How To Understand What Quindell PLC Is Really Saying

Struggling to understand what Quindell (LSE: QPP) is talking about? Here’s a quick guide that might help…

7 April: “…significant new contract with such a distinguished and respected brand as RAC “, with potential subscriber revenue of “$720 million to $2.2 billion per annum“. But just five months later, after the deal had been scrapped…

2 September: Chairman Rob Terry told The Telegraph that the contract was “hardly a focus!” So either his earlier claims had not been realistic, or he really didn’t think the prospect of more than £1bn a year in revenue was worth focusing on.

9 September: “…judgement in its favour in its libel action against Gotham City Research“. The truth is that the US firm responsible for a scathing report on Quindell simply didn’t turn up — it has no operations in the UK and nothing to gain. Meanwhile, Quindell still hasn’t sued any UK-based commentators making similar claims.

23 October: At Q3 time, “The Board remains confident of meeting all of its FY2014 key performance indicators“. But revenue guidance for the year was cut from £800-900m to £750-800m… Quindell doesn’t see revenue as being important? I guess that fits with Terry’s dismissal of that claimed income potential from the RAC contract.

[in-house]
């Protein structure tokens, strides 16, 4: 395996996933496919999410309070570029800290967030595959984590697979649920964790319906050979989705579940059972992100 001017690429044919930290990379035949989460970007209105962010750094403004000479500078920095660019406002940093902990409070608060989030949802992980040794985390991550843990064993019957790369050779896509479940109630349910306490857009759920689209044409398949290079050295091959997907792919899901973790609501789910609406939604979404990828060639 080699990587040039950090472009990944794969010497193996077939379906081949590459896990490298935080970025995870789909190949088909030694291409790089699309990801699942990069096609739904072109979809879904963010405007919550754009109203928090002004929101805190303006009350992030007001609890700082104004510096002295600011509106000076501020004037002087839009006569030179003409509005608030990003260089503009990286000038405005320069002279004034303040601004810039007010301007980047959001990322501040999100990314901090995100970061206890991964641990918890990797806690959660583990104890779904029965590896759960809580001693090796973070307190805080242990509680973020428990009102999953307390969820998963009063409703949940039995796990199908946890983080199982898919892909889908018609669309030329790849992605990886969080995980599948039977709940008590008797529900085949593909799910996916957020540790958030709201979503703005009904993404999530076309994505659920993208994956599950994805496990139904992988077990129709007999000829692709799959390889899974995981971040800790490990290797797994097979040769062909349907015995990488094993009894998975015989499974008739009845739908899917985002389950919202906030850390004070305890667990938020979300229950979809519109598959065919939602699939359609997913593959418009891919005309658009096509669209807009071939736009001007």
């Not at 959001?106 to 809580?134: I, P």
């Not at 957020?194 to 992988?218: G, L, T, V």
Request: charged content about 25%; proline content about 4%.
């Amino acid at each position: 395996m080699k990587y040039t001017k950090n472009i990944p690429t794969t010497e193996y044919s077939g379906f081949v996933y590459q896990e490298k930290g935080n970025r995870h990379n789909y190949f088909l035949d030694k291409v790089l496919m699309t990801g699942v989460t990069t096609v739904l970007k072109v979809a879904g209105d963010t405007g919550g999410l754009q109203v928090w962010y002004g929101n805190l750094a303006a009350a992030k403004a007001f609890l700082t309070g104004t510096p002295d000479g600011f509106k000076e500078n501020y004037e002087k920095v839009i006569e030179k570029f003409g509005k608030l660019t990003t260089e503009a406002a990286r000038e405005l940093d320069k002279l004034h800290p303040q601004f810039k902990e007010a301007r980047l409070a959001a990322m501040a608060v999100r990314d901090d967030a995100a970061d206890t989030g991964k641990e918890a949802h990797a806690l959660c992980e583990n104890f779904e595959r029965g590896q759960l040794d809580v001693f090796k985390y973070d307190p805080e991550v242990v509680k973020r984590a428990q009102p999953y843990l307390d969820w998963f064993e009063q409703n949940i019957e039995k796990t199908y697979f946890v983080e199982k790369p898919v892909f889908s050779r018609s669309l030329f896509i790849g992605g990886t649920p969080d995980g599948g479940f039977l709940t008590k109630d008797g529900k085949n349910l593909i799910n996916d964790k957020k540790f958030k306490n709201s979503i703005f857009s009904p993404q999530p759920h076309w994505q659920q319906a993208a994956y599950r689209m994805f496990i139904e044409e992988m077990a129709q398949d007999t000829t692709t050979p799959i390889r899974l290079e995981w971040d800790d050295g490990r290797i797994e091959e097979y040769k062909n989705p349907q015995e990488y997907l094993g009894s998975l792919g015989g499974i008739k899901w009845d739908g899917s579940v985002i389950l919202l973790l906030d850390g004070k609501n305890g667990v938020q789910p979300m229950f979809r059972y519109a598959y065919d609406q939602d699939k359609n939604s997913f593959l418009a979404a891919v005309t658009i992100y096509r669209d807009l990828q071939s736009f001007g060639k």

5 November: Quindell proudly announced “Director Share Purchases” and gave details of apparent new larger holdings for Terry and two of his cronies. As we now know, the three were actually massive net sellers and had dumped more than 8.5 million shares, with Terry responsible for the bulk of the sales.

10 November: Quindell was forced by the LSE to admit they “transferred the legal and beneficial interest in a number of shares […] in return for […] receiving a payment“. This time the announcement actually meant what it said, even though it’s the second-most weasly way of saying “sold” that I’ve ever read.

17 November: “Canaccord Genuity Limited submitted its one month notice of resignation as the Company’s financial adviser and joint broker on 21 October 2014…“, but we didn’t give shareholders this important information until today.

8 November: “Robert Terry, the Company’s Chairman, has resigned from the Board of Directors with immediate effect“. He’s now just a paid advisor, still effectively calling the shots, with associate David Currie standing in the interim.

20 November: “Quindell […] is not actively seeking to sell its shares in Nationwide Accident Repair Services“, after claims in several newspapers that it was trying to do just that after having failed to obtain new funding from banks and hedge funds. But it remains silent on whether it had been trying to dump the shares at the time of the claims.

26 November: Laurence Moorse failed to meet a margin call on the shares he sold in November and has forfeited any right to repurchase them. Presumably Rob Terry was similarly called, but as he’s not actually a director now there’s no need to tell us via RNS.

I wouldn't recommend Quindell to those hoping to become millionaires, but you really could make it into that elite group if you invest in high-quality companies.

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Alan Oscroft has no position in any shares mentioned. The Motley Fool UK has no position in any of the shares mentioned. We Fools don't all hold the same opinions, but we all believe that considering a diverse range of insights makes us better investors.